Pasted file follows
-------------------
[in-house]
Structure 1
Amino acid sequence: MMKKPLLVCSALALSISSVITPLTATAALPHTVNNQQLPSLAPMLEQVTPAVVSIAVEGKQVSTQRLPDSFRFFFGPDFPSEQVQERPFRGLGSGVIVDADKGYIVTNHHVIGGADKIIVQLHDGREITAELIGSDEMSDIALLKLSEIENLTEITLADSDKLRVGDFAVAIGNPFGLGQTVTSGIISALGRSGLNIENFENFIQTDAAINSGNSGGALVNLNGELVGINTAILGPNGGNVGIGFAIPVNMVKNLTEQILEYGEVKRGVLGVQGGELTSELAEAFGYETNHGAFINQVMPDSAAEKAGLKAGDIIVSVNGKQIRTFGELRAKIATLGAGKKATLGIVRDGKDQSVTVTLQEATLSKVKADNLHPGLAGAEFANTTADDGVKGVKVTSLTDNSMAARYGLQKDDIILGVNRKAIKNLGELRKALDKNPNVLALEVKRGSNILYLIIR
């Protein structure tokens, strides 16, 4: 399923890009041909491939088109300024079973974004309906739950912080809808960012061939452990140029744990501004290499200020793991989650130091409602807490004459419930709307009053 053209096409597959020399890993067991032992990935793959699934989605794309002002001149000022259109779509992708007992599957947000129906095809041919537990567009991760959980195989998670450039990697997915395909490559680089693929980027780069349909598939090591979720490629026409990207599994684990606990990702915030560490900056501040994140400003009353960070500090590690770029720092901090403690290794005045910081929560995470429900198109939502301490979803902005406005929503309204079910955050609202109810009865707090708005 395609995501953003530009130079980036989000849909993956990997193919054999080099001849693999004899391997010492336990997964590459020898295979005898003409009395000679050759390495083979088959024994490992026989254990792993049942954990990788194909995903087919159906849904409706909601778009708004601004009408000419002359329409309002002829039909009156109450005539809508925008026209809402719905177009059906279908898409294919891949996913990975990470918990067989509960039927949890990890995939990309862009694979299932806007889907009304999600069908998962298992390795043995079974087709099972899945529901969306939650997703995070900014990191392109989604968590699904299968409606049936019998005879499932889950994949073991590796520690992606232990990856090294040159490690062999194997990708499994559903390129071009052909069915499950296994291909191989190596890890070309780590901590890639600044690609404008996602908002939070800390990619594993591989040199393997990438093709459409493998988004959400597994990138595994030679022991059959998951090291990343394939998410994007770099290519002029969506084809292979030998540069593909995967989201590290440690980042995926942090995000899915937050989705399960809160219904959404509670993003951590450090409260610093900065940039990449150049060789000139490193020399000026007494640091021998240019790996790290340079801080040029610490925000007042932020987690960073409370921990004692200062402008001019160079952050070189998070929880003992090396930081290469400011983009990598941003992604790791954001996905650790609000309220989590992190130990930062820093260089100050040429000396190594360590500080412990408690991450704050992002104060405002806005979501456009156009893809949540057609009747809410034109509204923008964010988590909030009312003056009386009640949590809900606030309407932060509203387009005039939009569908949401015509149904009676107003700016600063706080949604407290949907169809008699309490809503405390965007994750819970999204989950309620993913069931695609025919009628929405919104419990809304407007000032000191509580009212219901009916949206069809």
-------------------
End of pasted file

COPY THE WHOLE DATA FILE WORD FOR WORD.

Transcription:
[in-house]
Structure 1
Amino acid sequence: MMKKPLLVCSALALSISSVITPLTATAALPHTVNNQQLPSLAPMLEQVTPAVVSIAVEGKQVSTQRLPDSFRFFFGPDFPSEQVQERPFRGLGSGVIVDADKGYIVTNHHVIGGADKIIVQLHDGREITAELIGSDEMSDIALLKLSEIENLTEITLADSDKLRVGDFAVAIGNPFGLGQTVTSGIISALGRSGLNIENFENFIQTDAAINSGNSGGALVNLNGELVGINTAILGPNGGNVGIGFAIPVNMVKNLTEQILEYGEVKRGVLGVQGGELTSELAEAFGYETNHGAFINQVMPDSAAEKAGLKAGDIIVSVNGKQIRTFGELRAKIATLGAGKKATLGIVRDGKDQSVTVTLQEATLSKVKADNLHPGLAGAEFANTTADDGVKGVKVTSLTDNSMAARYGLQKDDIILGVNRKAIKNLGELRKALDKNPNVLALEVKRGSNILYLIIR
């Protein structure tokens, strides 16, 4: 399923890009041909491939088109300024079973974004309906739950912080809808960012061939452990140029744990501004290499200020793991989650130091409602807490004459419930709307009053 053209096409597959020399890993067991032992990935793959699934989605794309002002001149000022259109779509992708007992599957947000129906095809041919537990567009991760959980195989998670450039990697997915395909490559680089693929980027780069349909598939090591979720490629026409990207599994684990606990990702915030560490900056501040994140400003009353960070500090590690770029720092901090403690290794005045910081929560995470429900198109939502301490979803902005406005929503309204079910955050609202109810009865707090708005 395609995501953003530009130079980036989000849909993956990997193919054999080099001849693999004899391997010492336990997964590459020898295979005898003409009395000679050759390495083979088959024994490992026989254990792993049942954990990788194909995903087919159906849904409706909601778009708004601004009408000419002359329409309002002829039909009156109450005539809508925008026209809402719905177009059906279908898409294919891949996913990975990470918990067989509960039927949890990890995939990309862009694979299932806007889907009304999600069908998962298992390795043995079974087709099972899945529901969306939650997703995070900014990191392109989604968590699904299968409606049936019998005879499932889950994949073991590796520690992606232990990856090294040159490690062999194997990708499994559903390129071009052909069915499950296994291909191989190596890890070309780590901590890639600044690609404008996602908002939070800390990619594993591989040199393997990438093709459409493998988004959400597994990138595994030679022991059959998951090291990343394939998410994007770099290519002029969506084809292979030998540069593909995967989201590290440690980042995926942090995000899915937050989705399960809160219904959404509670993003951590450090409260610093900065940039990449150049060789000139490193020399000026007494640091021998240019790996790290340079801080040029610490925000007042932020987690960073409370921990004692200062402008001019160079952050070189998070929880003992090396930081290469400011983009990598941003992604790791954001996905650790609000309220989590992190130990930062820093260089100050040429000396190594360590500080412990408690991450704050992002104060405002806005979501456009156009893809949540057609009747809410034109509204923008964010988590909030009312003056009386009640949590809900606030309407932060509203387009005039939009569908949401015509149904009676107003700016600063706080949604407290949907169809008699309490809503405390965007994750819970999204989950309620993913069931695609025919009628929405919104419990809304407007000032000191509580009212219901009916949206069809």